The British Government has issued more than 3000 export licences for military and intelligence equipment worth a total of 12.3 billion ($23.6 billion) to countries which are on its official list for human rights abuses.
The scale and detail of the deals emerged after a forensic investigation by a committee of MPs, who also found strategically controlled items have been sent to Iran, China, Sri Lanka, Russia, Belarus and Zimbabwe - all of which feature prominently on the Foreign Office's list of states with worrying civil rights records.
Even Syria has three existing contracts, notwithstanding the fact that Britain is sending equipment to rebels fighting the Assad regime and is considering arming them.
The Government had said it would not issue export licences for goods "which might be used to facilitate internal repression" or "might provoke or prolong regional or internal conflicts".
But the report by the Committees on Arms Export Controls found there were 62 licences for selling to Iran, again overwhelmingly cryptographic equipment. This also features heavily in the 271 licences for Russia.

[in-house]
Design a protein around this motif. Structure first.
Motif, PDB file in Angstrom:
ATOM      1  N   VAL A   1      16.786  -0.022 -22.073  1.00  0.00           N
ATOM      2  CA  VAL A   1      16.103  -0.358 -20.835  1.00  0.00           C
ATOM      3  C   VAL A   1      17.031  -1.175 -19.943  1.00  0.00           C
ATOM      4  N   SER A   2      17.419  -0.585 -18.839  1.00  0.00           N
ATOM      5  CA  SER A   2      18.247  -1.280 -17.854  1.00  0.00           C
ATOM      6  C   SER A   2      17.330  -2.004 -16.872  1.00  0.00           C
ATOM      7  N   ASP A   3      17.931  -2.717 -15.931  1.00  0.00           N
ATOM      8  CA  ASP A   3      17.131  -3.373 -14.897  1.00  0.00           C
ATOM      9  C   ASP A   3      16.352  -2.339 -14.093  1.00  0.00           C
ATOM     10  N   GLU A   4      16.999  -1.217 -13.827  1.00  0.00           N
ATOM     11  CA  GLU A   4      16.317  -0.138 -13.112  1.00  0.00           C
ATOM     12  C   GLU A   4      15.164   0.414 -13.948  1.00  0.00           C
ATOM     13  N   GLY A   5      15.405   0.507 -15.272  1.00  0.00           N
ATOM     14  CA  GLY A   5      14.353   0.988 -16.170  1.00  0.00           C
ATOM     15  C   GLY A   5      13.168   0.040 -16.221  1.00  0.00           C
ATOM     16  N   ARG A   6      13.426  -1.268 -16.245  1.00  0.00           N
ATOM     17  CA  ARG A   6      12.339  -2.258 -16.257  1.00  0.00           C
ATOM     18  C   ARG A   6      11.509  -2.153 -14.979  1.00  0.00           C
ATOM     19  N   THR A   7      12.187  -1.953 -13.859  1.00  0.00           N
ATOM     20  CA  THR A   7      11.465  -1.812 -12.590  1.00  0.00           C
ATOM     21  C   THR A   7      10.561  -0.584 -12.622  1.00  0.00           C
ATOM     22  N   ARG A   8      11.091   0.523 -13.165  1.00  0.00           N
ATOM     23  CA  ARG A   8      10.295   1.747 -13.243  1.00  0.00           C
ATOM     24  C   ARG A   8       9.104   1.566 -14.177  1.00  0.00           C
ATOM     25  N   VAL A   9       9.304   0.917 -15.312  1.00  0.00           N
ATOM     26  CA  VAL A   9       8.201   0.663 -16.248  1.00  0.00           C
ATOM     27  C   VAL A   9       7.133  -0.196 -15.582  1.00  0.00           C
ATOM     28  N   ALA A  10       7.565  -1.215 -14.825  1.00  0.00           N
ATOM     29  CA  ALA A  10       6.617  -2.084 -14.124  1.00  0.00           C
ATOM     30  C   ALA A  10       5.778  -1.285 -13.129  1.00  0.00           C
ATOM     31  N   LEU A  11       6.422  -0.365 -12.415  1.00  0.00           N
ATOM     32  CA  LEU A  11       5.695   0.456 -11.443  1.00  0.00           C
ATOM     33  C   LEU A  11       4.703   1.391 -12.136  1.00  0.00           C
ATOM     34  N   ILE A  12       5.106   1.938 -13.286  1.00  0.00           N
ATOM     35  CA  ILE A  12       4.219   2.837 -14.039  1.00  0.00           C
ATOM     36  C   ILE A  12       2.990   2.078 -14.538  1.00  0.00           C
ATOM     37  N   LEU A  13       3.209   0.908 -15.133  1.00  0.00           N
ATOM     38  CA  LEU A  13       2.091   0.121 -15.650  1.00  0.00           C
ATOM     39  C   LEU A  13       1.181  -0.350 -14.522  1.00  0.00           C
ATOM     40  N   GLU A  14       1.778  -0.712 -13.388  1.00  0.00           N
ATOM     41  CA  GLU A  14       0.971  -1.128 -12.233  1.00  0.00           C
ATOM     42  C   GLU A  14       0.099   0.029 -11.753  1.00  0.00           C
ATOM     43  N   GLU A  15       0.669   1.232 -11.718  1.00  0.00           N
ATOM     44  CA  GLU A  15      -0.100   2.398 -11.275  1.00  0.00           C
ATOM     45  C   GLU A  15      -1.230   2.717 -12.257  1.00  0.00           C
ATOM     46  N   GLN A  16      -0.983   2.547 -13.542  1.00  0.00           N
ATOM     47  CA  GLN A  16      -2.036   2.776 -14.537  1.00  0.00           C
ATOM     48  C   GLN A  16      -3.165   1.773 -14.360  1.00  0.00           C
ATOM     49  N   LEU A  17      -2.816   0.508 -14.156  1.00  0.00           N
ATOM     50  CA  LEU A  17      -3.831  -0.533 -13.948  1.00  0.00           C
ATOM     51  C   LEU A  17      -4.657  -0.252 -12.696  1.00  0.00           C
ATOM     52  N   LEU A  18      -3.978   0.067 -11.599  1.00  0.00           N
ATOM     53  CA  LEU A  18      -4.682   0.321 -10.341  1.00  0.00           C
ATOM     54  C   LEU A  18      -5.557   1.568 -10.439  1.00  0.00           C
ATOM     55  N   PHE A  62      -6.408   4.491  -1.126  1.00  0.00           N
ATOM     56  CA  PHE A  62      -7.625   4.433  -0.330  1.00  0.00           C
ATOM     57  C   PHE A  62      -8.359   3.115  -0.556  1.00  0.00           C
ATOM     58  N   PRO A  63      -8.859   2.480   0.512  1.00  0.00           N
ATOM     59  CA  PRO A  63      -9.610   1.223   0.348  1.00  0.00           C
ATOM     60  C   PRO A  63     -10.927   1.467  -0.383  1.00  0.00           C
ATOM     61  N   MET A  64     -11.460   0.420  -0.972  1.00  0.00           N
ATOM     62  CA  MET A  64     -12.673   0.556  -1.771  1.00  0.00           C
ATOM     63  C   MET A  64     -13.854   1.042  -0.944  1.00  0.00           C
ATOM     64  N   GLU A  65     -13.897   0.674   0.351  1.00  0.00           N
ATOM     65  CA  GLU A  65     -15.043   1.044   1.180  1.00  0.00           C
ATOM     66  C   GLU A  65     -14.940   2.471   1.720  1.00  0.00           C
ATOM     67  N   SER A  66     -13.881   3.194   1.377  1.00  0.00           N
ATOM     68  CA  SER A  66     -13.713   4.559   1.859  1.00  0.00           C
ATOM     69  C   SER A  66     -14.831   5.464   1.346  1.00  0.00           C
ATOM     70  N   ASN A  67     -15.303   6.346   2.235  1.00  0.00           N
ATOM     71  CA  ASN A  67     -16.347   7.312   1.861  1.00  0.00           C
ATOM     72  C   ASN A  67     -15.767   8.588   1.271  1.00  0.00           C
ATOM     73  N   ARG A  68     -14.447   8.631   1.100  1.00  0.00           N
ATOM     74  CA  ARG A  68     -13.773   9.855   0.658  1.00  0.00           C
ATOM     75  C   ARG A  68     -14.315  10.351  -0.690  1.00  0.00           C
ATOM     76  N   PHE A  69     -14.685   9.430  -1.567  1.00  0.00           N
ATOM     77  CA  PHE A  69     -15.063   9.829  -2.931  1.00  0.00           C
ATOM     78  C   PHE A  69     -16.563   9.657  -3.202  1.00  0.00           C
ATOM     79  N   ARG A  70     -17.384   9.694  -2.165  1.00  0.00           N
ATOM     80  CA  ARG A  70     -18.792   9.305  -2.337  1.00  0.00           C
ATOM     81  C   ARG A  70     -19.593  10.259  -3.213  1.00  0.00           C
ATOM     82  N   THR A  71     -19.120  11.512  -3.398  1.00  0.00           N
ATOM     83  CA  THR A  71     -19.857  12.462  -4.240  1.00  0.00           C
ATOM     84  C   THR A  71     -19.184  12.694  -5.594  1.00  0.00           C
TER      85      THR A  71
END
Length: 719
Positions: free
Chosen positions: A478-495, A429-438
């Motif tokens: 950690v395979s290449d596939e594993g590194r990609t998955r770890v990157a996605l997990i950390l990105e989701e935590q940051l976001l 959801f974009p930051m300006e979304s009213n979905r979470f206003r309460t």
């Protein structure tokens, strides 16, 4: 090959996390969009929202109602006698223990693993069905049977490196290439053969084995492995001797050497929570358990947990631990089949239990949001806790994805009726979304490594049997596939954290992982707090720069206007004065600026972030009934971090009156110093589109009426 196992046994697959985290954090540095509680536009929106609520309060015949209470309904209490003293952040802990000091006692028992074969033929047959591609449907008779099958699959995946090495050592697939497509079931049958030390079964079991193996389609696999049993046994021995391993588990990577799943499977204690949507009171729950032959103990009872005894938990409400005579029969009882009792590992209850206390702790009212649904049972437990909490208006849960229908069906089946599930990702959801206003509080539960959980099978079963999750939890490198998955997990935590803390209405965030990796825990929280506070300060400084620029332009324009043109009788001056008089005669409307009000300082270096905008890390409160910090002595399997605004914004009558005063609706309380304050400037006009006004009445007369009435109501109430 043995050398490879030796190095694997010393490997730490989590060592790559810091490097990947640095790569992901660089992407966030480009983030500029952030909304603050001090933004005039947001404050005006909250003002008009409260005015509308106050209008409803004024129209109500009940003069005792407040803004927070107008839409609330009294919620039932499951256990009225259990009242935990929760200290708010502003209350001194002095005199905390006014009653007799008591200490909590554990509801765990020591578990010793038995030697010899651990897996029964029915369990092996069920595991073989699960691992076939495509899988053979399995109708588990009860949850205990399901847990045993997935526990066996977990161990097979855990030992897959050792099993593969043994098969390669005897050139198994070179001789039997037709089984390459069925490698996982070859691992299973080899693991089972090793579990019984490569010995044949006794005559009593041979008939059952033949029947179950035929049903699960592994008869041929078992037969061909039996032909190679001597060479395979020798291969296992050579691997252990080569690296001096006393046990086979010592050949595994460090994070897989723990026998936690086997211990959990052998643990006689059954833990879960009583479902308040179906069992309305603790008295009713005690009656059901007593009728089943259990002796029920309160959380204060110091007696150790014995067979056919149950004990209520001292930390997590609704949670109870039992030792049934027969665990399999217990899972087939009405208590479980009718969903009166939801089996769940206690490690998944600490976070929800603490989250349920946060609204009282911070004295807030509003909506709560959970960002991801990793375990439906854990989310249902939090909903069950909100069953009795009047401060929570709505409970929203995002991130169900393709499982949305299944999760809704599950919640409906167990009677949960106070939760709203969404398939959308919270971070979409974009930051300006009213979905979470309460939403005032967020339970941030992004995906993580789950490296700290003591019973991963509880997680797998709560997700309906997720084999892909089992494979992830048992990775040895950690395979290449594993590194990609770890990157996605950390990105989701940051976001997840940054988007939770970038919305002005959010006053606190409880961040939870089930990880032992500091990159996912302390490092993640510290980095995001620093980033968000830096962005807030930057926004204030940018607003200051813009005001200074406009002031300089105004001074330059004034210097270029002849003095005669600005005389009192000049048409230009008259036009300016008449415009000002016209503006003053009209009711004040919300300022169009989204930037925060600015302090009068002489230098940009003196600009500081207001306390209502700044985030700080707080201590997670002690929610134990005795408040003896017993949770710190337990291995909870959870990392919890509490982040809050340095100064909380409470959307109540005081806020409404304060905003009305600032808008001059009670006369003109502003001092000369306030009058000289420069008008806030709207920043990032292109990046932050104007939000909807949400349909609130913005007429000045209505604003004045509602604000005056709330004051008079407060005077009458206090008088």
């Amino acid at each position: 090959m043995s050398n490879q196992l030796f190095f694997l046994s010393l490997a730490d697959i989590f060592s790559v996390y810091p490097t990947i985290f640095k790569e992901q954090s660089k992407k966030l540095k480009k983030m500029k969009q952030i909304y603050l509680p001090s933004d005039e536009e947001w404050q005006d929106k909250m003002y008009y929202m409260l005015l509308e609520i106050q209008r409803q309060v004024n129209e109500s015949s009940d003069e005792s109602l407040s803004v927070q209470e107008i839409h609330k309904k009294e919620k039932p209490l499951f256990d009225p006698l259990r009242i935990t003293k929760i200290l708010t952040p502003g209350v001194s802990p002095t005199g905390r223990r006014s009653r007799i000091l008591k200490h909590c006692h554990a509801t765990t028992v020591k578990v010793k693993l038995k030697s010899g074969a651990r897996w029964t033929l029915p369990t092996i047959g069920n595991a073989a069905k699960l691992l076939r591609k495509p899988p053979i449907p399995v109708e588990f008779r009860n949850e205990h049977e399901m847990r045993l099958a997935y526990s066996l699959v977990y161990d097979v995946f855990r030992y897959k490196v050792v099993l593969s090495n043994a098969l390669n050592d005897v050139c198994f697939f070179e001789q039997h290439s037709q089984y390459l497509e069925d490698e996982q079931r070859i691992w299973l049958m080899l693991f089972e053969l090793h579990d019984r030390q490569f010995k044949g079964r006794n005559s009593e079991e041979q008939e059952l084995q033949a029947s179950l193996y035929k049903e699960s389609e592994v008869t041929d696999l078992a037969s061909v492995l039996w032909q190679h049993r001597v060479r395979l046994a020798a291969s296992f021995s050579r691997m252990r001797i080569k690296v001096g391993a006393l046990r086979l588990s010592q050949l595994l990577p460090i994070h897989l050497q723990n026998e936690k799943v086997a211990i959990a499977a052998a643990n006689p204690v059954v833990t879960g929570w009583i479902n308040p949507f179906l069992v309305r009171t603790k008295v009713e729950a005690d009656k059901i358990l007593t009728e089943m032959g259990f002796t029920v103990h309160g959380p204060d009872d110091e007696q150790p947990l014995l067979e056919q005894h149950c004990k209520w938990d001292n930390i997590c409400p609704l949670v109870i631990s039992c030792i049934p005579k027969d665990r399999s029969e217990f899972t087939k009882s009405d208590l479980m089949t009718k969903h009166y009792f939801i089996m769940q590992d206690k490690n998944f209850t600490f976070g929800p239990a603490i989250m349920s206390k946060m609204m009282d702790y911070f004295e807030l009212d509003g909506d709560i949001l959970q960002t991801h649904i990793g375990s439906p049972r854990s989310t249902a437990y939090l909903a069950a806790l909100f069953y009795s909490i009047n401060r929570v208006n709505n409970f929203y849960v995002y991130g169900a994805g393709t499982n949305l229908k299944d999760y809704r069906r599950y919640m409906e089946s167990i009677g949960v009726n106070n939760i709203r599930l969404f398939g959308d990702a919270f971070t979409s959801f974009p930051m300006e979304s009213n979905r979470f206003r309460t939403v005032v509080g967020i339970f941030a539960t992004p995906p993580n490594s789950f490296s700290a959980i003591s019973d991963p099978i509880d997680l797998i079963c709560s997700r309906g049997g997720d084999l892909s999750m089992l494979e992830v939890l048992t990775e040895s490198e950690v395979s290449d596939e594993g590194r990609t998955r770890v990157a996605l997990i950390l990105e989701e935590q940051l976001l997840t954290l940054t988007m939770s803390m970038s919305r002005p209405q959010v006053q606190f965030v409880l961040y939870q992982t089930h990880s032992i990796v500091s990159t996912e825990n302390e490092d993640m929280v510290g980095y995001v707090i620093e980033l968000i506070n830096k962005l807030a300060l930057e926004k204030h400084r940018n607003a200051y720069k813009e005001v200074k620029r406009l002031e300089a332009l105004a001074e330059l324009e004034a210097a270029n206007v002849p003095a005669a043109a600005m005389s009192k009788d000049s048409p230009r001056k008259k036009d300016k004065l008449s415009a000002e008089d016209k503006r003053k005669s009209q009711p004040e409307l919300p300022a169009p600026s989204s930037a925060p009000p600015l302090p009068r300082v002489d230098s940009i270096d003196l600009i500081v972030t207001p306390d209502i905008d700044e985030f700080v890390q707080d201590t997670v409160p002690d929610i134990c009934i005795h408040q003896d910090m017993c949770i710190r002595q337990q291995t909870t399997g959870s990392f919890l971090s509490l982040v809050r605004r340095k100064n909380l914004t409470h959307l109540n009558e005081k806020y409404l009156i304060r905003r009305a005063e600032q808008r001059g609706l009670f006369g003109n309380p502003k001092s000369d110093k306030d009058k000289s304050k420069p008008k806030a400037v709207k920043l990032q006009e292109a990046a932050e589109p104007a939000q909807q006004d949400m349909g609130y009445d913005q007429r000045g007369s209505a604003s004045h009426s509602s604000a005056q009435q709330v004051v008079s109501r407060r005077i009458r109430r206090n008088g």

In another case of international weapons dealing, drug enforcement officials in the Panama Canal found themselves at the centre of an international incident after detaining a North Korean ship coming from Cuba and carrying a hidden cargo of arms.
The boarding of the ship by police set off riots among the crew and the vessel's captain reportedly tried to commit suicide.
Ricardo Martinelli, the Panamanian President, said the ship - a cargo carrier named Chong Chon Gang, whose home port is Namp'o close to the North Korean capital Pyongyang - had been stopped as it approached the entrance to the Panama Canal, apparently on its way home.
Police found military material hidden in a large consignment of sugar, a key Cuban export. Martinelli posted a picture online of a tube-shaped object painted green, variously identified by experts as a missile part or radar equipment for missile launches.
The Cuban Foreign Ministry said the ship had been loaded with "obsolete defensive weaponry" at one of its ports. They were being sent back to North Korea for repair and included two anti-aircraft missile batteries, nine disassembled rockets, two MiG-21 fighter jets, and 15 MiG-21 engines, all Soviet-era military weaponry built in the middle of the last century.
Cuba said the weaponry was all required "to maintain our defensive capacity to preserve national sovereignty".